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Environ Sci Technol. 2015 Jan 6;49(1):16-32. doi: 10.1021/es503724k. Epub 2014 Dec 10.

Biocides in hydraulic fracturing fluids: a critical review of their usage, mobility, degradation, and toxicity.

Author information

1
Department of Chemistry, Colorado State University , 1872 Campus Delivery, Fort Collins, Colorado 80523, United States.

Abstract

Biocides are critical components of hydraulic fracturing ("fracking") fluids used for unconventional shale gas development. Bacteria may cause bioclogging and inhibit gas extraction, produce toxic hydrogen sulfide, and induce corrosion leading to downhole equipment failure. The use of biocides such as glutaraldehyde and quaternary ammonium compounds has spurred a public concern and debate among regulators regarding the impact of inadvertent releases into the environment on ecosystem and human health. This work provides a critical review of the potential fate and toxicity of biocides used in hydraulic fracturing operations. We identified the following physicochemical and toxicological aspects as well as knowledge gaps that should be considered when selecting biocides: (1) uncharged species will dominate in the aqueous phase and be subject to degradation and transport whereas charged species will sorb to soils and be less bioavailable; (2) many biocides are short-lived or degradable through abiotic and biotic processes, but some may transform into more toxic or persistent compounds; (3) understanding of biocides' fate under downhole conditions (high pressure, temperature, and salt and organic matter concentrations) is limited; (4) several biocidal alternatives exist, but high cost, high energy demands, and/or formation of disinfection byproducts limits their use. This review may serve as a guide for environmental risk assessment and identification of microbial control strategies to help develop a sustainable path for managing hydraulic fracturing fluids.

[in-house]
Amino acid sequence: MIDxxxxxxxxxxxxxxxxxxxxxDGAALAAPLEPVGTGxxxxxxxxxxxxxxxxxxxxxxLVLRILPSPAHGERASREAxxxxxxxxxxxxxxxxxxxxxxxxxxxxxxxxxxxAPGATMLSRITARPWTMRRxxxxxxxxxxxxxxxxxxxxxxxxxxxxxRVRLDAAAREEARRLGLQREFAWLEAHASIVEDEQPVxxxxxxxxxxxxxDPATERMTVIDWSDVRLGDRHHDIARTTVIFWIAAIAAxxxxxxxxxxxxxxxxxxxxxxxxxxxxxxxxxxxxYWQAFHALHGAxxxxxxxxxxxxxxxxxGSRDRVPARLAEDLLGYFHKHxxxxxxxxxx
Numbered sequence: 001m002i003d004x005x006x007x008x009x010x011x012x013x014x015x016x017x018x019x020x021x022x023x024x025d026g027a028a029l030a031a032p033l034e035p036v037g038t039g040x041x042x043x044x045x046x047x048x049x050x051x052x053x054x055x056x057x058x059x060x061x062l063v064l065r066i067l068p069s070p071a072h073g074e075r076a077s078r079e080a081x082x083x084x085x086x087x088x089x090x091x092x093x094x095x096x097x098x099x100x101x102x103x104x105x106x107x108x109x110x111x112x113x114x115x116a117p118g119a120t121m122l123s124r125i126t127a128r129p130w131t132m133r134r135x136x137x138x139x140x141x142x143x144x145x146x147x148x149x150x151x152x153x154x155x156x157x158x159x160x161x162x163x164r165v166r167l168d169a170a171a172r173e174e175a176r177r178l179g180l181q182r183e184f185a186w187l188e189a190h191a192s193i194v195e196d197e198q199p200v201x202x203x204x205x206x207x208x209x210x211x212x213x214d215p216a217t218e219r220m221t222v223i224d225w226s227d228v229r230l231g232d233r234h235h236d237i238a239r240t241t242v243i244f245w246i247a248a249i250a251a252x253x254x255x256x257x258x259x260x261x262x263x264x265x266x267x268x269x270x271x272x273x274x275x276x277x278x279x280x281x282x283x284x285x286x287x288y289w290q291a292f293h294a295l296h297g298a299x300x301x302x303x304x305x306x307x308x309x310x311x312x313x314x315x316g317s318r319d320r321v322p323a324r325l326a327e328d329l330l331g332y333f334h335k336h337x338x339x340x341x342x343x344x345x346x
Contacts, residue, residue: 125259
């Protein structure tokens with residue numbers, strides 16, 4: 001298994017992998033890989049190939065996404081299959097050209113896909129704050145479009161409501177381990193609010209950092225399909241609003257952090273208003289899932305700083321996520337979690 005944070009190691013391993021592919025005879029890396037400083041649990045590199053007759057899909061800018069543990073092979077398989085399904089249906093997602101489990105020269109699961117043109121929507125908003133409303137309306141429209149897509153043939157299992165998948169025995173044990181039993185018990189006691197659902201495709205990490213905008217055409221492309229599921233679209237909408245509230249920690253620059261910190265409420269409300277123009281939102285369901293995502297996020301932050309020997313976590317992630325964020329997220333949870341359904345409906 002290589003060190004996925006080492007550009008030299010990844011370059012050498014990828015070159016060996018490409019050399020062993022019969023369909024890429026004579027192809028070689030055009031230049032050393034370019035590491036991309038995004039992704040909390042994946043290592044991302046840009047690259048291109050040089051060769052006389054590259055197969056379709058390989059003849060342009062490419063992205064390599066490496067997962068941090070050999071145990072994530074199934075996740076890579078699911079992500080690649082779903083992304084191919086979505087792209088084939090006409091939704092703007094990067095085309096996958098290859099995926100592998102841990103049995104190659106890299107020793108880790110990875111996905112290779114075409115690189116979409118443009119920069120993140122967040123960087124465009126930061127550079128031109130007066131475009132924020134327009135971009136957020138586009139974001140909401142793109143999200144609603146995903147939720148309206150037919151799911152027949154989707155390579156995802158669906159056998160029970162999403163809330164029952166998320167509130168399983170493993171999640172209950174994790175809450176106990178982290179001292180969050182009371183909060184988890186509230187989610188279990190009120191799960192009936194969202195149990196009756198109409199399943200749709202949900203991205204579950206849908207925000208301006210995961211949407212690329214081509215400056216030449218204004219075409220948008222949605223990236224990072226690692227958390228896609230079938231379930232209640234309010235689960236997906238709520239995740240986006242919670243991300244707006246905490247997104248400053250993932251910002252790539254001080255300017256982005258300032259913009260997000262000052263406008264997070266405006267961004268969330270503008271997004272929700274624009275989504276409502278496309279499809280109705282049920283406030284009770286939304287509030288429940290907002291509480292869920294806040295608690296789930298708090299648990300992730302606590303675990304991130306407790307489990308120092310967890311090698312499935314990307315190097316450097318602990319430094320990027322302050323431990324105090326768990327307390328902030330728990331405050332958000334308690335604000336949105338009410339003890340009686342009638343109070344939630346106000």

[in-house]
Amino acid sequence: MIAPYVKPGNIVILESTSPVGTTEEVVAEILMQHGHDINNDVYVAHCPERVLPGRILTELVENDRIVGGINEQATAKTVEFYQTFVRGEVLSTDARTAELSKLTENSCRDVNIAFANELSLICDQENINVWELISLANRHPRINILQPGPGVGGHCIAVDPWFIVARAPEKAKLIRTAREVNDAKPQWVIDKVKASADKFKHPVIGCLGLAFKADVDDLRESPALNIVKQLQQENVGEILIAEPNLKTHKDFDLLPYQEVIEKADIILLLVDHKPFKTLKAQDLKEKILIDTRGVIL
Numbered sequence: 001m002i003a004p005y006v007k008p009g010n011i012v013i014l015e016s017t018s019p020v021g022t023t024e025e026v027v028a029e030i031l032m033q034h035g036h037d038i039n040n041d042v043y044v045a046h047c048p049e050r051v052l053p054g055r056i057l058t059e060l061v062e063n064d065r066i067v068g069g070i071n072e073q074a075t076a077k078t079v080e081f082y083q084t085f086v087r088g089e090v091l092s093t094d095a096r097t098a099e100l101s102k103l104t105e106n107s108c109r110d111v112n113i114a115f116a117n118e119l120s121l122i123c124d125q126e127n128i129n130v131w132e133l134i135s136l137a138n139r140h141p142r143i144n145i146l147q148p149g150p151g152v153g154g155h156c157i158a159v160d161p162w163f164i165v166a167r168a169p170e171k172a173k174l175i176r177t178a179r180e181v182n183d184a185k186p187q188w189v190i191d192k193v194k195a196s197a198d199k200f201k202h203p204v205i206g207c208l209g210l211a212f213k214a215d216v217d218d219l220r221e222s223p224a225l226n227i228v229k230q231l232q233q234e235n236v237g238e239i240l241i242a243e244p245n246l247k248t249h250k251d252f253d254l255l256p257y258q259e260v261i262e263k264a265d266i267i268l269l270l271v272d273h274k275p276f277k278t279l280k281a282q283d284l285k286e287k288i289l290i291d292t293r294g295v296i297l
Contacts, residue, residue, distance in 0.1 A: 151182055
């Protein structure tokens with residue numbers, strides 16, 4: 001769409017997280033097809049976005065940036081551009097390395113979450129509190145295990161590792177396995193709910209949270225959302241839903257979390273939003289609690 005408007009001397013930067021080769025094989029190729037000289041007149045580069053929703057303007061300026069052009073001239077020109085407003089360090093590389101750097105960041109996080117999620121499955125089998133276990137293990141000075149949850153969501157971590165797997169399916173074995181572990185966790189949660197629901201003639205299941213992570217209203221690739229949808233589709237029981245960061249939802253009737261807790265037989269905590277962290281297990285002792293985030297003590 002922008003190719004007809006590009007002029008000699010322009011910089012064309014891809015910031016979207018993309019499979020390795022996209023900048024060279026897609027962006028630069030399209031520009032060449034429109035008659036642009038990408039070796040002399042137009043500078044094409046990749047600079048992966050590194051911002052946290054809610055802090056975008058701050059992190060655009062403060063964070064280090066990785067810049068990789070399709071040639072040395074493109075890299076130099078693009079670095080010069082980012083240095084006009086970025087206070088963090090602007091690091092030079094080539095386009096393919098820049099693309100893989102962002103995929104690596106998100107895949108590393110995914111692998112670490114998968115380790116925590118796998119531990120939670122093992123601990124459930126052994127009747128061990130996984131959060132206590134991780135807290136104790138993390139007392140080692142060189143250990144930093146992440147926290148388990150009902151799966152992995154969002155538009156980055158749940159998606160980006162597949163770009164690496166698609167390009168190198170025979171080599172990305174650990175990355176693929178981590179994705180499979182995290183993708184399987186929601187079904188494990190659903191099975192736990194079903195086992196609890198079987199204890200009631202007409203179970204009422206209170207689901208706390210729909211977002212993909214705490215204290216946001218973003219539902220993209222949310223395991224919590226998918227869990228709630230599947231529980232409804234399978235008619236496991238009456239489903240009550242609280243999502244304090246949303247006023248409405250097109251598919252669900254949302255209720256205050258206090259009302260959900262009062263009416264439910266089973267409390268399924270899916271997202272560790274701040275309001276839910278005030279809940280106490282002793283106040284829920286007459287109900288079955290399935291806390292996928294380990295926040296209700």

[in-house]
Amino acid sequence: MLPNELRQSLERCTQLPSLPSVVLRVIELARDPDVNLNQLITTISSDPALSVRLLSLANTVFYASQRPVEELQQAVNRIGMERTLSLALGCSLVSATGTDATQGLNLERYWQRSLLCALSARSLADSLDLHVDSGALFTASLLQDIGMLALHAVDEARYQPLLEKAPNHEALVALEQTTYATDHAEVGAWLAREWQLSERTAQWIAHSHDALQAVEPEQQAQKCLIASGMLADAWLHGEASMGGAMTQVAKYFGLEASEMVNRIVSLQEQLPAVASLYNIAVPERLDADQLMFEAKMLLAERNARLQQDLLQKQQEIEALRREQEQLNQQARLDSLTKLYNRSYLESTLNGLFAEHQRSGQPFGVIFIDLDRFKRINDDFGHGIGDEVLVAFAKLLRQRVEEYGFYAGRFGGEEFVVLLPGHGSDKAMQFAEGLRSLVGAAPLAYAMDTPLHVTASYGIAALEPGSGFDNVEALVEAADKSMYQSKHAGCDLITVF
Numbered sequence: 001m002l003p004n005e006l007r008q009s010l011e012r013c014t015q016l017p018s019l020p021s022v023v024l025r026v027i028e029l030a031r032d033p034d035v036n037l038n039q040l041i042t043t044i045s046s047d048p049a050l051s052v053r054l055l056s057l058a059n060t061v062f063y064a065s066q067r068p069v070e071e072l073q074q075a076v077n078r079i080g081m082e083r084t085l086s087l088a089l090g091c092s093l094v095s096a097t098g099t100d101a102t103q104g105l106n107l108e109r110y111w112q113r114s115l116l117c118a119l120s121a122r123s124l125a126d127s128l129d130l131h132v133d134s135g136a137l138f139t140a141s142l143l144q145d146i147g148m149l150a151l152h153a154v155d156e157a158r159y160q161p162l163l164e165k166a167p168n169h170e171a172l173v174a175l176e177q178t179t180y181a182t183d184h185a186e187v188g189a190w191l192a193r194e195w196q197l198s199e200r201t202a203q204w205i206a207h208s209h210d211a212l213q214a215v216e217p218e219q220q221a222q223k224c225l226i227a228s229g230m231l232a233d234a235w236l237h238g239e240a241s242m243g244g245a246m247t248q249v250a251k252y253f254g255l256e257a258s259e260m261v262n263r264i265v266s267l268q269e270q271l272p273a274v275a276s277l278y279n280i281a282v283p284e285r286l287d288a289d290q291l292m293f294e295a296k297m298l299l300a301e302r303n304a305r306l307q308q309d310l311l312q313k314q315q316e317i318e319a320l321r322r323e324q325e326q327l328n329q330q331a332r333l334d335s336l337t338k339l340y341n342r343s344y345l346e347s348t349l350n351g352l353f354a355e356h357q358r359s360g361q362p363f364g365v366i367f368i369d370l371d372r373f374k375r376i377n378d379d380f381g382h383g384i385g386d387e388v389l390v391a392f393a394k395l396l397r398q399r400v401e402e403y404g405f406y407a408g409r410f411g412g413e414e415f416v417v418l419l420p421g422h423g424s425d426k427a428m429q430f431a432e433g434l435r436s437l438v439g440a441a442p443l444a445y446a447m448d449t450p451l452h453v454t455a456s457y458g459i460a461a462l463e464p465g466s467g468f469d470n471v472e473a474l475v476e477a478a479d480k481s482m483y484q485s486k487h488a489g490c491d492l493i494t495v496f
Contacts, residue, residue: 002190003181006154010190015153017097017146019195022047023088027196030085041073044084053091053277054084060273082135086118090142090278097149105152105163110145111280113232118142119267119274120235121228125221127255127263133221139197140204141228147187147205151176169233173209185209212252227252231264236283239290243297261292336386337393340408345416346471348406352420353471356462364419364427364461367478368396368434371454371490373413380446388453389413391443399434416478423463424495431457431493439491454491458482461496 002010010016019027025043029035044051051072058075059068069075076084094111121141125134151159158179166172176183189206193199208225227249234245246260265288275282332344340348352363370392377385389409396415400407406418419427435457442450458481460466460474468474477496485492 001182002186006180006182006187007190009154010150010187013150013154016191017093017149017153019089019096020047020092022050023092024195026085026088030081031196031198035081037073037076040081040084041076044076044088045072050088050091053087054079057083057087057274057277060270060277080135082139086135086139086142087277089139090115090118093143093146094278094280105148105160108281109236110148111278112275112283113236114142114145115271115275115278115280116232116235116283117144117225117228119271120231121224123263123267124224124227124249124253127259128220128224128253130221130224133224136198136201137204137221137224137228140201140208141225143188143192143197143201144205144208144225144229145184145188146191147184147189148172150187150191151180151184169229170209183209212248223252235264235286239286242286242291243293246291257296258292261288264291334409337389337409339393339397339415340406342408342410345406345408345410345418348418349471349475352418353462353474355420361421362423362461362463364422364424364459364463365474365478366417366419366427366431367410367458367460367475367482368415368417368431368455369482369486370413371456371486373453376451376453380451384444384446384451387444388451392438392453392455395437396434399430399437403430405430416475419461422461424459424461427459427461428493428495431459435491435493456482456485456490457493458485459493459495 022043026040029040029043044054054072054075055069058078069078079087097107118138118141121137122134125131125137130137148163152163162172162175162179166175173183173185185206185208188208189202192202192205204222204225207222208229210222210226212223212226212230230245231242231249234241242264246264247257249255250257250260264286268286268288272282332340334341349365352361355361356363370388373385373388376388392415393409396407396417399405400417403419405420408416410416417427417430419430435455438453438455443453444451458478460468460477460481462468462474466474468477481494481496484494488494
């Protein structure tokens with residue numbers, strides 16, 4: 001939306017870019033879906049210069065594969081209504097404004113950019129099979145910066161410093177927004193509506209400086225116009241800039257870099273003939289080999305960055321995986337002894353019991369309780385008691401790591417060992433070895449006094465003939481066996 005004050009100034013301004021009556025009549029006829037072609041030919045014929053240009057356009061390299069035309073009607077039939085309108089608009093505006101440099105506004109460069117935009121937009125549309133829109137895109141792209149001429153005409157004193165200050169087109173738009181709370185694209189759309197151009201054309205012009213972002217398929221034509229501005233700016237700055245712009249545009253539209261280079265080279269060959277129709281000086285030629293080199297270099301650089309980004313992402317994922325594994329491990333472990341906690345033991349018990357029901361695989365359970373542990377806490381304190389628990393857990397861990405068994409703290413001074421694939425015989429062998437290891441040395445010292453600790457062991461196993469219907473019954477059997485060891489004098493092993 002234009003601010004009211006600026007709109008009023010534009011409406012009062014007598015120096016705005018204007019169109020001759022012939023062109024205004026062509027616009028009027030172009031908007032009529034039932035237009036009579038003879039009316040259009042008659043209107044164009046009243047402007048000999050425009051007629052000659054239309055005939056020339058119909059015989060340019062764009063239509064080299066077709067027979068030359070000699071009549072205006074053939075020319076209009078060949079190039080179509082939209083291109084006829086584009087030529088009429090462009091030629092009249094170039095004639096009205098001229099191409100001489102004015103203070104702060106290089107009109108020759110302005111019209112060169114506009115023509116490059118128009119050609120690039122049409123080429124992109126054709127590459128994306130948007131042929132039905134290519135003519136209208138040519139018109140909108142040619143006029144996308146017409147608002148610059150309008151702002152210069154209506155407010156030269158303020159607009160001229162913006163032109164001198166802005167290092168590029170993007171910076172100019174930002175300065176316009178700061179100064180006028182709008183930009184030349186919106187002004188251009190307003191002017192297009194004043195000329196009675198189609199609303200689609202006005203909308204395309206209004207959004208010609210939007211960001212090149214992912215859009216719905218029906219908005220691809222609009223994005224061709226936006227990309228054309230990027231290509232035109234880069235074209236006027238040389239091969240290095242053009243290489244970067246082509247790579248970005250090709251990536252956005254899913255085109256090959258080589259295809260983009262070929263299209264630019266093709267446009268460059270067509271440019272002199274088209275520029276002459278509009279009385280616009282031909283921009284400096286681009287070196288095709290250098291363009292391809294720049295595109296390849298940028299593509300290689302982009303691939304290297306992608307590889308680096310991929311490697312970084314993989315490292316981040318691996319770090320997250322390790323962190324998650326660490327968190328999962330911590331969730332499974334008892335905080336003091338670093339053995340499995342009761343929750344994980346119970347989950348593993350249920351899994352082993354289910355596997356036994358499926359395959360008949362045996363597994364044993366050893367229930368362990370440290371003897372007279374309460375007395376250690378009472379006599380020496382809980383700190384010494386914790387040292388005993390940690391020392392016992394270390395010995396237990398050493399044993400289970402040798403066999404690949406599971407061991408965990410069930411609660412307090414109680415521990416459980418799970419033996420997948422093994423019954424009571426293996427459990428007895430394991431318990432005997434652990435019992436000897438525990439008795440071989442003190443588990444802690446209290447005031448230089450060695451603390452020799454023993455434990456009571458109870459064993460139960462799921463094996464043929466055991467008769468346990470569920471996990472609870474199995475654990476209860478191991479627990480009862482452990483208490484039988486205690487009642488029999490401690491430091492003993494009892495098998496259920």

PMID:
25427278
DOI:
10.1021/es503724k
[Indexed for MEDLINE]

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